At the start of 2012 renewals, the US casualty lines are showing stable to increasing underlying exposures, albeit in an uncertain economic environment. A recent positive development in the second half of 2011 was a slowdown in the decline of the subject premium bases for many casualty lines. Exposure and subject premiums appear to be stabilizing (and even increasing in some lines) as a result of the stabilizing economy. It appears that pressure on rates, too, has also leveled off as virtually all of the primary casualty lines have exhibited either flat to positive rate increases averaging in the low-to-mid single digits. And certain classes of business, including energy, chemical and life sciences are experiencing even higher rate increases at renewal as a result of the number of 2010 unprecedented losses.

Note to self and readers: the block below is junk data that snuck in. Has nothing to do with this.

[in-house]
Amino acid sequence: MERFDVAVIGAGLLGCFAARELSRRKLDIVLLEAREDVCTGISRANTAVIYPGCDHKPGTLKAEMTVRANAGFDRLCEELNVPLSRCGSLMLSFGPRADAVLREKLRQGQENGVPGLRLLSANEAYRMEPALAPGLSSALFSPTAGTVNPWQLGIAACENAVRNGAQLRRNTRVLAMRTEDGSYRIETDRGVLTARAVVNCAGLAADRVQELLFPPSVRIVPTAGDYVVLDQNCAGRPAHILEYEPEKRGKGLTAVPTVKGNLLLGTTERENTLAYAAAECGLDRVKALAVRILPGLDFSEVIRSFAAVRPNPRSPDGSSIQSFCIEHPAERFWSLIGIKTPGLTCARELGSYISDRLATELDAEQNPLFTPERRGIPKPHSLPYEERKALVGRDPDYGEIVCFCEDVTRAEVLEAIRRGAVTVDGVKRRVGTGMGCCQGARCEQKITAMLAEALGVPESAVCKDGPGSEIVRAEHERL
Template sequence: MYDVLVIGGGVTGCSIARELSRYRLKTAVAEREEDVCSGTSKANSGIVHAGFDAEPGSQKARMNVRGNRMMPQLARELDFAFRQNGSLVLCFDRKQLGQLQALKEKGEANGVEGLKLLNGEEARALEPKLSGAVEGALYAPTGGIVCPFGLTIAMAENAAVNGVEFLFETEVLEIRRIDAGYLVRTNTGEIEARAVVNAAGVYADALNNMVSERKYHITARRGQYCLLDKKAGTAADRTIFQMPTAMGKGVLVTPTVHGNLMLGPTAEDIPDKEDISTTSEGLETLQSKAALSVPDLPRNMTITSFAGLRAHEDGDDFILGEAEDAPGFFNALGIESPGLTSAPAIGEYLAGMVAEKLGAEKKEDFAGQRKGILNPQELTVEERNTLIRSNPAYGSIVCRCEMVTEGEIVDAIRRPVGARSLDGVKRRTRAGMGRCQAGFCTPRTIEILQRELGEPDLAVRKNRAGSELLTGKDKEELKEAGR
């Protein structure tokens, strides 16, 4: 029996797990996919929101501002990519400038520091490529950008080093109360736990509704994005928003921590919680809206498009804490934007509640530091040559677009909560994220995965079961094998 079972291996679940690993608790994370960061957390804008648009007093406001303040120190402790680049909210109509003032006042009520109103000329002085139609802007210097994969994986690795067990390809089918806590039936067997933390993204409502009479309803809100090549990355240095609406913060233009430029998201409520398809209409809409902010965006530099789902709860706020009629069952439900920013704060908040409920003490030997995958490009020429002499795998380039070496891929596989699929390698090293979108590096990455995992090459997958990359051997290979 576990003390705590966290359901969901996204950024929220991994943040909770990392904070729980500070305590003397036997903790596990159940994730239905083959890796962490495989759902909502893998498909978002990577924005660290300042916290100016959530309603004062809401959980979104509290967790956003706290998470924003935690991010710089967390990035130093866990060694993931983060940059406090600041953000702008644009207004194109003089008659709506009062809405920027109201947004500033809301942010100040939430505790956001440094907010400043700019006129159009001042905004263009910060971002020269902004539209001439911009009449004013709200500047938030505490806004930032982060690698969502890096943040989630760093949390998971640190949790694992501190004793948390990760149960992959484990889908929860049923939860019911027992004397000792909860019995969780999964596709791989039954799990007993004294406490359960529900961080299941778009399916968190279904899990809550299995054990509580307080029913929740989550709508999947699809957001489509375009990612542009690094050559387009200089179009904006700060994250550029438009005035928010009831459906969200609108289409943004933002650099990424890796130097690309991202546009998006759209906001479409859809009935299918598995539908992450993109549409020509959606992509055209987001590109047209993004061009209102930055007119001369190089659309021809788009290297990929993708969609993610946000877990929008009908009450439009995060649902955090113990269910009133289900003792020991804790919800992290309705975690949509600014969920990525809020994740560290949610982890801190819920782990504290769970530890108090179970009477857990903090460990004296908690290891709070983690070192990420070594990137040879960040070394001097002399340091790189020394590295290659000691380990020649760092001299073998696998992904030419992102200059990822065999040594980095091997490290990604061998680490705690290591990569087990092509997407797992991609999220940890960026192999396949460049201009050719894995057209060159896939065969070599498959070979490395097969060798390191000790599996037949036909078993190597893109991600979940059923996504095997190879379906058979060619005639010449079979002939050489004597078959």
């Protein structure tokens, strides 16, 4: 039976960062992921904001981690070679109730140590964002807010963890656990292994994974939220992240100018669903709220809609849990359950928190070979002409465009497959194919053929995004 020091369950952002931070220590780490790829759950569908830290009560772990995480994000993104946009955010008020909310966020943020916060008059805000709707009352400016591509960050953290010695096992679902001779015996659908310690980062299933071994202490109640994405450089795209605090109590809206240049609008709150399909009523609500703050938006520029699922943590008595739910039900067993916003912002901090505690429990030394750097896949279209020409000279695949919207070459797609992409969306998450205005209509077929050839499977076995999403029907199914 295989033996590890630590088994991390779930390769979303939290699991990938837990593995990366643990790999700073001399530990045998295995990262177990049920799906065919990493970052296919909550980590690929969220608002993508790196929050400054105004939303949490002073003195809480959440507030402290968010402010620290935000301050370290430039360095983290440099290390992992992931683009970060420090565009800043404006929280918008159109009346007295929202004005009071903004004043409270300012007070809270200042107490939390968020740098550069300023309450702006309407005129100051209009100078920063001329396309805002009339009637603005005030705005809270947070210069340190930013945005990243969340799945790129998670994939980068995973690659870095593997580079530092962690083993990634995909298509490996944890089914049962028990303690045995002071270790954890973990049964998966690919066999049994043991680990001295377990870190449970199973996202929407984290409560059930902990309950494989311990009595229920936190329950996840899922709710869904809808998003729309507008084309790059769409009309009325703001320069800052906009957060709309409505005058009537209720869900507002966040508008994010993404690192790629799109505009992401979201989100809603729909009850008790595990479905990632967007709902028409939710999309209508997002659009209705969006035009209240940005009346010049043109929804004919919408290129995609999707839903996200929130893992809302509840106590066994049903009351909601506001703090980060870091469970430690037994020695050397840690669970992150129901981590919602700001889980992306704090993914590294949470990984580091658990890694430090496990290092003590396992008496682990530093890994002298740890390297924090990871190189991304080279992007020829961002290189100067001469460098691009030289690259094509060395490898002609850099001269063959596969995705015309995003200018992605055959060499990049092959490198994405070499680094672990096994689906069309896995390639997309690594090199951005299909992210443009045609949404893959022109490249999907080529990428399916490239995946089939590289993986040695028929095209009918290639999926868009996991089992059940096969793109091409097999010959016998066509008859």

Overall, the devastating earthquakes and weather-related catastrophic property losses of 2011 did not have much impact on hardening the US casualty and workers compensation reinsurance market pricing. The casualty reinsurance markets continue to be concerned about the level (and sustainability) of primary market pricing, with the impact being felt most strongly in select lines of business and proportional treaties. With the exception of energy risks having US exposure, excess casualty, umbrella and clash non-proportional reinsurance has been roughly flat. Workers compensation cat reinsurance also saw some relative stabilization as rate on line saw decreases of flat to down 5 percent. Overall, reinsurer capacity going into 2012 remained stable for all casualty lines.